Toll-like Receptors in infectious and inflammatory diseases: the double-edged sword of innate immunity (2011–2015)

The innate immune system acts as the first line of defence against invading pathogens, and senses danger signals from invading microbes via families of pattern recognition receptors. The most widely studied of these are Toll-like Receptors, which are essential for the control of infectious diseases, but also contribute to the pathology of many inflammatory diseases including sepsis and atherosclerosis, as well as cancer metastasis. This project will investigate novel Toll-like Receptor signalling pathways, target genes and evolutionary divergence. The outcomes will enhance our understanding of cell biology and host-pathogen interactions, and may lead to novel therapeutic approaches in infectious and inflammatory diseases.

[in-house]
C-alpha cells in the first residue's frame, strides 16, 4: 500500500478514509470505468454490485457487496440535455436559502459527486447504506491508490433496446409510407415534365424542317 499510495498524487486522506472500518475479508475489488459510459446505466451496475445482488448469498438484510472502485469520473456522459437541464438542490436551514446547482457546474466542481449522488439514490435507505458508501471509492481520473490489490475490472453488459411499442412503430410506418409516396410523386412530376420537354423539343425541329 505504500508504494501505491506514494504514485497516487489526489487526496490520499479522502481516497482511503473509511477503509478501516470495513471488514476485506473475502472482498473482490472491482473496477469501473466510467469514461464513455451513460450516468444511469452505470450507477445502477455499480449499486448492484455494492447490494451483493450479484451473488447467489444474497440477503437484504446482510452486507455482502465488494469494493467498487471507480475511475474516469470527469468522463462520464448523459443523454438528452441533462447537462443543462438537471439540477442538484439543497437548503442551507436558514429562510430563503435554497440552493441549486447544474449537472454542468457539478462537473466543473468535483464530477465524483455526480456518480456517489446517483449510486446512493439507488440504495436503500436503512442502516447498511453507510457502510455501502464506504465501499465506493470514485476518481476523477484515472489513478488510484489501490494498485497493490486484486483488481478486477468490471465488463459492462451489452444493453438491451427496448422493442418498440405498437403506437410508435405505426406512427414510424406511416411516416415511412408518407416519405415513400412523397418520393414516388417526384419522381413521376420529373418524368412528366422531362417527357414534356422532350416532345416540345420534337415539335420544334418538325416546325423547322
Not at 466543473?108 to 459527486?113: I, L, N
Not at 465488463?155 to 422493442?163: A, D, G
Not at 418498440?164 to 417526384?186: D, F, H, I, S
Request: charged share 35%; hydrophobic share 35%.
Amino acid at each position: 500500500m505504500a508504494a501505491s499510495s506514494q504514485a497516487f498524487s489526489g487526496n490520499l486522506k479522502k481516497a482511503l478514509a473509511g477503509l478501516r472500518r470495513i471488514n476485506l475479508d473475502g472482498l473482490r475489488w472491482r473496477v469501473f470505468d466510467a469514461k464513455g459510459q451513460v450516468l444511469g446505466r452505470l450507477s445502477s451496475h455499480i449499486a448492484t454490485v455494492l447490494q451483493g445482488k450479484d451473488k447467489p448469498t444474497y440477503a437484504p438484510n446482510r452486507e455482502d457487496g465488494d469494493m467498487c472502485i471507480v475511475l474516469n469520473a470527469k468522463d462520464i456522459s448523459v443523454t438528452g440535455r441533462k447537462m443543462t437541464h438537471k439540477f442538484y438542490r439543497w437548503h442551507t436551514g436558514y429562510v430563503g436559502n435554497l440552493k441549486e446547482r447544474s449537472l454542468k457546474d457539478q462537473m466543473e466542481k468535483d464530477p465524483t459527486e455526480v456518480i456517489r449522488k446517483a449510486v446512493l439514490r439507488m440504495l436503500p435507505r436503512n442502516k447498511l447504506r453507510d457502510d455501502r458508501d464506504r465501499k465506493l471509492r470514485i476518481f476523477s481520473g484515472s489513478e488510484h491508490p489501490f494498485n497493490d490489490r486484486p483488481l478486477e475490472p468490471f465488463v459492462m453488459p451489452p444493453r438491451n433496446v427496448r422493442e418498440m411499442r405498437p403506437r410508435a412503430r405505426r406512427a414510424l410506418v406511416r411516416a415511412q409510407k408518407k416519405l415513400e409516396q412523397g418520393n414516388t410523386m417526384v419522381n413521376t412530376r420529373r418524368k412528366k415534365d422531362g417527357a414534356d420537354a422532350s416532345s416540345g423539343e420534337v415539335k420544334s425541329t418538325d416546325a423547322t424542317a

Grant type:
ARC Future Fellowships
  • NHMRC Leadership Fellow - GL
    Institute for Molecular Bioscience
    Affiliate NHMRC Leadership Fellow
    School of Chemistry and Molecular Biosciences
    Faculty of Science
Funded by:
Australian Research Council